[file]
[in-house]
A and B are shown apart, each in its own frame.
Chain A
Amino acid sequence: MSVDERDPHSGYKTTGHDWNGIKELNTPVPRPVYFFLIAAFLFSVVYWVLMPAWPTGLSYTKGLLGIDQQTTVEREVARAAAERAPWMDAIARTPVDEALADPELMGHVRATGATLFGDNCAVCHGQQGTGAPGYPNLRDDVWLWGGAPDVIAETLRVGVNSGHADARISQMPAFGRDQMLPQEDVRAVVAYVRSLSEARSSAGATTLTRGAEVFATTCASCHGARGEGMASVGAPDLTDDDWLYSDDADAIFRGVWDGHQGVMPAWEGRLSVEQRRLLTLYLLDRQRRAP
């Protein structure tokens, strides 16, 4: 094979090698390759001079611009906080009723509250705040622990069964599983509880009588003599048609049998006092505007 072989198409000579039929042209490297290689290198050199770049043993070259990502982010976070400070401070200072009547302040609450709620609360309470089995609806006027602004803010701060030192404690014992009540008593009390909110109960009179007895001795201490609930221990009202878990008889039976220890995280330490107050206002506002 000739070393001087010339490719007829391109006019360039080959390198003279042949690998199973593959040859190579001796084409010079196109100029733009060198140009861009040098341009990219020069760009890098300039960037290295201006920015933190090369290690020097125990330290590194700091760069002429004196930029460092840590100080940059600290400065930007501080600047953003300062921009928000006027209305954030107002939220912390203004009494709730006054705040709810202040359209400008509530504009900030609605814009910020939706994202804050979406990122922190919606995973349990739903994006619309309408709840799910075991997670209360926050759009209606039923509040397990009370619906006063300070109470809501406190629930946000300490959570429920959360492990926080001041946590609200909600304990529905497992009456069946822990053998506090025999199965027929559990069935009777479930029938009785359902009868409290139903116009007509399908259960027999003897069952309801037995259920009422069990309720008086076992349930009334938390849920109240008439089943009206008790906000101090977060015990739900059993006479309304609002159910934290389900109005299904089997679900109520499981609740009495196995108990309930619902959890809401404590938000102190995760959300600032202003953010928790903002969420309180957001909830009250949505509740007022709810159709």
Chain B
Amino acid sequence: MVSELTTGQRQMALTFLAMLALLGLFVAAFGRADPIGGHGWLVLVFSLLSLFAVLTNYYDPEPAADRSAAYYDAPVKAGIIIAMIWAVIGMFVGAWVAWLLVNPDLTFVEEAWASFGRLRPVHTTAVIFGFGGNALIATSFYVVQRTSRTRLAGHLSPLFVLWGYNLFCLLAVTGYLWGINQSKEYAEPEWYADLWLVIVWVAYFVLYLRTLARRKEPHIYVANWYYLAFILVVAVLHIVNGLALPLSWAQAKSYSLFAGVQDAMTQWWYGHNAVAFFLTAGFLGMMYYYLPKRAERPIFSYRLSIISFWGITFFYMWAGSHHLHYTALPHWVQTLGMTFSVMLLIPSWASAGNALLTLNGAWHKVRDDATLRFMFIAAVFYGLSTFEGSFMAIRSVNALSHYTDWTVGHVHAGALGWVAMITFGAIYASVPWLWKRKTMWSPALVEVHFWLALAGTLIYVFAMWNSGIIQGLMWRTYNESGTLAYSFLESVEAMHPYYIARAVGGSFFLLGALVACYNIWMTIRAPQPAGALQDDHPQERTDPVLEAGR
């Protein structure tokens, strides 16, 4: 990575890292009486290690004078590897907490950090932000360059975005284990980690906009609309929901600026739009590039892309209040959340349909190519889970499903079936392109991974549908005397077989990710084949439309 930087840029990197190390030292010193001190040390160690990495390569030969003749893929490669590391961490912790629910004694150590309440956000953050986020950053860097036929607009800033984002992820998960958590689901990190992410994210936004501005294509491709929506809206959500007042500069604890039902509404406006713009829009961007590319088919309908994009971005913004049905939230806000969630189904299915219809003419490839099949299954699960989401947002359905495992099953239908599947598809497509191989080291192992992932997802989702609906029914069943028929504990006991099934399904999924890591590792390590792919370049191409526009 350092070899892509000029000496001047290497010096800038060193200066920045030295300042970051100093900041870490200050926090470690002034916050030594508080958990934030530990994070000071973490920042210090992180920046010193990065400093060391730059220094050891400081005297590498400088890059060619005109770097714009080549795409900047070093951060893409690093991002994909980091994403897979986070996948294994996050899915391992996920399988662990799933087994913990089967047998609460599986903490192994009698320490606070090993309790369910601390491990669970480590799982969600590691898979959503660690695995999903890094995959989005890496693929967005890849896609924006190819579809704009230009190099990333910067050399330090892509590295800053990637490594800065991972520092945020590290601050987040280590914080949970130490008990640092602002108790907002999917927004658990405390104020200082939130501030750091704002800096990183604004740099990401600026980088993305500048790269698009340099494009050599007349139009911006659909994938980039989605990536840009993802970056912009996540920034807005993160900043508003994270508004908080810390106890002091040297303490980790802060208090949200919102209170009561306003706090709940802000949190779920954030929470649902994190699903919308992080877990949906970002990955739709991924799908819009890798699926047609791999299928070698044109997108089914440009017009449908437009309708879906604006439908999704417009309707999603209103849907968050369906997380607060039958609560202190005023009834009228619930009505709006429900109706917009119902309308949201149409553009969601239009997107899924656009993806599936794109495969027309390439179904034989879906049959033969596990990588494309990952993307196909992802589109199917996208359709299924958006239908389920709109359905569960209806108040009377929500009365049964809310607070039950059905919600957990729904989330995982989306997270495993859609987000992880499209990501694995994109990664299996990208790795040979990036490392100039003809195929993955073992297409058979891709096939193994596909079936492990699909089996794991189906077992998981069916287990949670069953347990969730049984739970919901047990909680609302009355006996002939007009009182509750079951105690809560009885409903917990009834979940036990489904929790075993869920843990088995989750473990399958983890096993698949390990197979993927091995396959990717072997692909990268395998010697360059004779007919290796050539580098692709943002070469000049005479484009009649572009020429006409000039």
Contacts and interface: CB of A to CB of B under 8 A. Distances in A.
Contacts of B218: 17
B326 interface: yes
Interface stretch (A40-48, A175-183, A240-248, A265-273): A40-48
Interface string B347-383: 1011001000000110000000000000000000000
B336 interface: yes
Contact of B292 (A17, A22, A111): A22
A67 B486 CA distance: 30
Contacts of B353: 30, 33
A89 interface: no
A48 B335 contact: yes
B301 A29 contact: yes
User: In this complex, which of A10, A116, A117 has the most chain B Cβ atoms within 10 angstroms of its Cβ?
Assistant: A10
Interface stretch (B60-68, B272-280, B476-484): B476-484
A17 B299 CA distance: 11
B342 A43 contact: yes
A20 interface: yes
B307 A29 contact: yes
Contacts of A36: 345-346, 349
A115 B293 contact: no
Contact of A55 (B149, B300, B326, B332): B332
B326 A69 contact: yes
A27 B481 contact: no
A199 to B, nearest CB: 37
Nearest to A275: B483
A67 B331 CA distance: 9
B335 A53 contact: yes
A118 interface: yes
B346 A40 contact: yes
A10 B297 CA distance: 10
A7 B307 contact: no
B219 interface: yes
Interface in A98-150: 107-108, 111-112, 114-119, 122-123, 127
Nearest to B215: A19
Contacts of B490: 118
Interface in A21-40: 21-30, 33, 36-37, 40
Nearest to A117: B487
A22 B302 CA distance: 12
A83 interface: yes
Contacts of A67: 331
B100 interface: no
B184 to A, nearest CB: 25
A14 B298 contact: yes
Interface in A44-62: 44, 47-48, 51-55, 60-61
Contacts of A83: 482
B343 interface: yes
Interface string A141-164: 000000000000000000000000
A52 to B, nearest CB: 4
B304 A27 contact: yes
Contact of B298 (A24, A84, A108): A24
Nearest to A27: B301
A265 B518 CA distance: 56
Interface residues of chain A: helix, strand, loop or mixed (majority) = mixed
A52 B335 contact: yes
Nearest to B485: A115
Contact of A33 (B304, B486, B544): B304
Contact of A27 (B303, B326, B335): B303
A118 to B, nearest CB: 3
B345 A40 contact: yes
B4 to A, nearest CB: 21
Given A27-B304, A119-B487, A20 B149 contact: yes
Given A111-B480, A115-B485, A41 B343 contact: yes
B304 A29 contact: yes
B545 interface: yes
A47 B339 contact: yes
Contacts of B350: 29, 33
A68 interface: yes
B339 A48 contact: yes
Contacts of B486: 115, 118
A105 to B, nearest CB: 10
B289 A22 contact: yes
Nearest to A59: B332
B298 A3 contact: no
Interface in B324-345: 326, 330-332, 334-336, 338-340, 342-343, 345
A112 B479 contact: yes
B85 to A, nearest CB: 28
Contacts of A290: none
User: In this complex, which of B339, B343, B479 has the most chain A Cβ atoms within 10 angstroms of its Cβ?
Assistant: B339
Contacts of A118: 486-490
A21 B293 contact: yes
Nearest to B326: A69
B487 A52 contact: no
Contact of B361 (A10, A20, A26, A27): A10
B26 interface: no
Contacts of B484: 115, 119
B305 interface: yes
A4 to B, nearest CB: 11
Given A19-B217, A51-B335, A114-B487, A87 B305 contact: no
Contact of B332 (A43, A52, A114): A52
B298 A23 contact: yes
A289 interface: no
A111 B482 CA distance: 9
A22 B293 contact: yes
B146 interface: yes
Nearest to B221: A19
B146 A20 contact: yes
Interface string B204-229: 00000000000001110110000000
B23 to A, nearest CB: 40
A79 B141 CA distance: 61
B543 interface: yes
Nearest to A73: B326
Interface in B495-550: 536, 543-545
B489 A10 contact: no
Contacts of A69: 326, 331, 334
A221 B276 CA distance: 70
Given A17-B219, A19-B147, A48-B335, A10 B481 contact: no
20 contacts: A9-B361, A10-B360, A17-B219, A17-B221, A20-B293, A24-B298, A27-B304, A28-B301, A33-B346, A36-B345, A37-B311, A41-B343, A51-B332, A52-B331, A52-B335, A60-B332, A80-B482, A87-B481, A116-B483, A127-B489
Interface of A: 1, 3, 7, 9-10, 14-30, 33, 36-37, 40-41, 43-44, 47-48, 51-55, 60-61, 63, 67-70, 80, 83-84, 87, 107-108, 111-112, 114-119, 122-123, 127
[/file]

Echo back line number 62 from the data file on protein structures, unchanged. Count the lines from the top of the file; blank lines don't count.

Interface residues of chain A: helix, strand, loop or mixed (majority) = mixed